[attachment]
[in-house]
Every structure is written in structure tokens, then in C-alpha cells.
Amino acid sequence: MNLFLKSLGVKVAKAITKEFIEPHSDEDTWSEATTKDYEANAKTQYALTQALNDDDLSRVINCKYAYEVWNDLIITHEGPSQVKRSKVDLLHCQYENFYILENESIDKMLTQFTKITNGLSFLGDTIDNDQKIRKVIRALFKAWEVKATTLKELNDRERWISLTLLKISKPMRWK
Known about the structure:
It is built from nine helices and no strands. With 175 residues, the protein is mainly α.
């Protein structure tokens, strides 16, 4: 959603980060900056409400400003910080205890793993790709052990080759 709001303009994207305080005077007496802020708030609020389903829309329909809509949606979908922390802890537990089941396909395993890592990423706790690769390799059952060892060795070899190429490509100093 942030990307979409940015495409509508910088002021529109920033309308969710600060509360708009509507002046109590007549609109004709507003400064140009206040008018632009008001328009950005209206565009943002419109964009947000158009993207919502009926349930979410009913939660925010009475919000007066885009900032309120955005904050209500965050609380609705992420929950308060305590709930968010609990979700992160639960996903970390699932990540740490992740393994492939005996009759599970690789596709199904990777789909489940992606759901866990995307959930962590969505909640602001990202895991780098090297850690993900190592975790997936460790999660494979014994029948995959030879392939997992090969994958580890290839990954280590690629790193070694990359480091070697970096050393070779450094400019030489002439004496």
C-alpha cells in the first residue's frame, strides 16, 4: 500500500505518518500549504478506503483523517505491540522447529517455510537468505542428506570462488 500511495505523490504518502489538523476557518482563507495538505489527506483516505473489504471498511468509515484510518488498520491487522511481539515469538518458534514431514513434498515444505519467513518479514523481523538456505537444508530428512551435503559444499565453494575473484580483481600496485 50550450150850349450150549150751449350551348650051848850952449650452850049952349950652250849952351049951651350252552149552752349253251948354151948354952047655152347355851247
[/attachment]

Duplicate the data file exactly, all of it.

[in-house]
Every structure is written in structure tokens, then in C-alpha cells.
Amino acid sequence: MNLFLKSLGVKVAKAITKEFIEPHSDEDTWSEATTKDYEANAKTQYALTQALNDDDLSRVINCKYAYEVWNDLIITHEGPSQVKRSKVDLLHCQYENFYILENESIDKMLTQFTKITNGLSFLGDTIDNDQKIRKVIRALFKAWEVKATTLKELNDRERWISLTLLKISKPMRWK
Known about the structure:
It is built from nine helices and no strands. With 175 residues, the protein is mainly α.
């Protein structure tokens, strides 16, 4: 959603980060900056409400400003910080205890793993790709052990080759 709001303009994207305080005077007496802020708030609020389903829309329909809509949606979908922390802890537990089941396909395993890592990423706790690769390799059952060892060795070899190429490509100093 942030990307979409940015495409509508910088002021529109920033309308969710600060509360708009509507002046109590007549609109004709507003400064140009206040008018632009008001328009950005209206565009943002419109964009947000158009993207919502009926349930979410009913939660925010009475919000007066885009900032309120955005904050209500965050609380609705992420929950308060305590709930968010609990979700992160639960996903970390699932990540740490992740393994492939005996009759599970690789596709199904990777789909489940992606759901866990995307959930962590969505909640602001990202895991780098090297850690993900190592975790997936460790999660494979014994029948995959030879392939997992090969994958580890290839990954280590690629790193070694990359480091070697970096050393070779450094400019030489002439004496």
C-alpha cells in the first residue's frame, strides 16, 4: 500500500505518518500549504478506503483523517505491540522447529517455510537468505542428506570462488 500511495505523490504518502489538523476557518482563507495538505489527506483516505473489504471498511468509515484510518488498520491487522511481539515469538518458534514431514513434498515444505519467513518479514523481523538456505537444508530428512551435503559444499565453494575473484580483481600496485 50550450150850349450150549150751449350551348650051848850952449650452850049952349950652250849952351049951651350252552149552752349253251948354151948354952047655152347355851247